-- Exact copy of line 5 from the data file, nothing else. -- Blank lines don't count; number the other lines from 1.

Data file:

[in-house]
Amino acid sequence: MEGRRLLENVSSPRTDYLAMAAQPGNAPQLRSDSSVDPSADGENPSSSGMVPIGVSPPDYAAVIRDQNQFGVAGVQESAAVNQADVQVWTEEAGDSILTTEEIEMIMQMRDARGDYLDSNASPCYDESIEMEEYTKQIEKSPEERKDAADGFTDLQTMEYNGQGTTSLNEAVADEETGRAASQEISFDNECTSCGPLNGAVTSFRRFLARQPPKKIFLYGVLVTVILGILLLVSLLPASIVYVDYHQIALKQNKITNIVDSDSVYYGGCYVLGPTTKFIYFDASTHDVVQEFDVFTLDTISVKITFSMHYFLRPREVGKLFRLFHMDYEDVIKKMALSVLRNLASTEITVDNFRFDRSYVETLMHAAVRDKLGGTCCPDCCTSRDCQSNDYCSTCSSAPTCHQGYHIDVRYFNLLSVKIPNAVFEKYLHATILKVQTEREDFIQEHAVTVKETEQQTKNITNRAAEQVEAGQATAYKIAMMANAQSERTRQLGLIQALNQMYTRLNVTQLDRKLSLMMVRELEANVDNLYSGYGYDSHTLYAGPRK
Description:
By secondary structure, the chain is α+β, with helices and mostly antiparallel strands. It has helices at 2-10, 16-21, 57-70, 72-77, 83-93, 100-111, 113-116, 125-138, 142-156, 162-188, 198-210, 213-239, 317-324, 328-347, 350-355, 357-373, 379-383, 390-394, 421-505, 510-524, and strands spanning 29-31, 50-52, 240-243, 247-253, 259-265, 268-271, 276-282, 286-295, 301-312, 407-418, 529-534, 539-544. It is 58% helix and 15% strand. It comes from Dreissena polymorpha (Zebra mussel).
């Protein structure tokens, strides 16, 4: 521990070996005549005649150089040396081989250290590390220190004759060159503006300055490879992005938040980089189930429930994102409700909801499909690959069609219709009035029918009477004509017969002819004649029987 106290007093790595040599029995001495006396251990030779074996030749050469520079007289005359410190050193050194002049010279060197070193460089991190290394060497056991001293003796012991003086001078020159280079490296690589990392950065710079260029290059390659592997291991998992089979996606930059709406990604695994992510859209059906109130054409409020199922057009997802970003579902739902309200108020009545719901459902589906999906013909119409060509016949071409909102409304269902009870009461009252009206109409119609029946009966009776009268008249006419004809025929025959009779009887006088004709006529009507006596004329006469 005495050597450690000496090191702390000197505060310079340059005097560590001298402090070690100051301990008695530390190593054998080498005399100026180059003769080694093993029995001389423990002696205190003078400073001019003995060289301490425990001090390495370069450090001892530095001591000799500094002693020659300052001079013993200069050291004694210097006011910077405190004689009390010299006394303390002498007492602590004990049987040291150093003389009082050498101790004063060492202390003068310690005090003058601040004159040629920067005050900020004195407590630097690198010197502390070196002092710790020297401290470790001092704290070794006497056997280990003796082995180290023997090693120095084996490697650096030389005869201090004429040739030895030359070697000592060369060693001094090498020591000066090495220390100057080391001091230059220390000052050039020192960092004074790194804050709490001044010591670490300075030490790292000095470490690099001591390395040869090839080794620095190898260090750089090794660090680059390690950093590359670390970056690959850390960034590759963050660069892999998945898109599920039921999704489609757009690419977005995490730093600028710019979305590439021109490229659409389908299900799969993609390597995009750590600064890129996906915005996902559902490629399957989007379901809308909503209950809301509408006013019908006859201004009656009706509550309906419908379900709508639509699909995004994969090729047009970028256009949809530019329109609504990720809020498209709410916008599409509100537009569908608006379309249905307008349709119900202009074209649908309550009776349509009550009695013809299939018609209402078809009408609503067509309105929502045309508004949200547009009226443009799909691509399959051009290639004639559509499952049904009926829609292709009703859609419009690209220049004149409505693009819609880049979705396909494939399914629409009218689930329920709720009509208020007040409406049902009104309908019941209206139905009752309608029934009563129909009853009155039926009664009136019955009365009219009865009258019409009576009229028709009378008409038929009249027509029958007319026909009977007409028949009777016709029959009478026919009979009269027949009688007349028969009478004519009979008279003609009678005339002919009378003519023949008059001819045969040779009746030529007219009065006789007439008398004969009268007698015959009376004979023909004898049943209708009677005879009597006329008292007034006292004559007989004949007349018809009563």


């Protein structure tokens, strides 16, 4: 521990070996005549005649150089040396081989250290590390220190004759060159503006300055490879992005938040980089189930429930994102409700909801499909690959069609219709009035029918009477004509017969002819004649029987 106290007093790595040599029995001495006396251990030779074996030749050469520079007289005359410190050193050194002049010279060197070193460089991190290394060497056991001293003796012991003086001078020159280079490296690589990392950065710079260029290059390659592997291991998992089979996606930059709406990604695994992510859209059906109130054409409020199922057009997802970003579902739902309200108020009545719901459902589906999906013909119409060509016949071409909102409304269902009870009461009252009206109409119609029946009966009776009268008249006419004809025929025959009779009887006088004709006529009507006596004329006469 005495050597450690000496090191702390000197505060310079340059005097560590001298402090070690100051301990008695530390190593054998080498005399100026180059003769080694093993029995001389423990002696205190003078400073001019003995060289301490425990001090390495370069450090001892530095001591000799500094002693020659300052001079013993200069050291004694210097006011910077405190004689009390010299006394303390002498007492602590004990049987040291150093003389009082050498101790004063060492202390003068310690005090003058601040004159040629920067005050900020004195407590630097690198010197502390070196002092710790020297401290470790001092704290070794006497056997280990003796082995180290023997090693120095084996490697650096030389005869201090004429040739030895030359070697000592060369060693001094090498020591000066090495220390100057080391001091230059220390000052050039020192960092004074790194804050709490001044010591670490300075030490790292000095470490690099001591390395040869090839080794620095190898260090750089090794660090680059390690950093590359670390970056690959850390960034590759963050660069892999998945898109599920039921999704489609757009690419977005995490730093600028710019979305590439021109490229659409389908299900799969993609390597995009750590600064890129996906915005996902559902490629399957989007379901809308909503209950809301509408006013019908006859201004009656009706509550309906419908379900709508639509699909995004994969090729047009970028256009949809530019329109609504990720809020498209709410916008599409509100537009569908608006379309249905307008349709119900202009074209649908309550009776349509009550009695013809299939018609209402078809009408609503067509309105929502045309508004949200547009009226443009799909691509399959051009290639004639559509499952049904009926829609292709009703859609419009690209220049004149409505693009819609880049979705396909494939399914629409009218689930329920709720009509208020007040409406049902009104309908019941209206139905009752309608029934009563129909009853009155039926009664009136019955009365009219009865009258019409009576009229028709009378008409038929009249027509029958007319026909009977007409028949009777016709029959009478026919009979009269027949009688007349028969009478004519009979008279003609009678005339002919009378003519023949008059001819045969040779009746030529007219009065006789007439008398004969009268007698015959009376004979023909004898049943209708009677005879009597006329008292007034006292004559007989004949007349018809009563």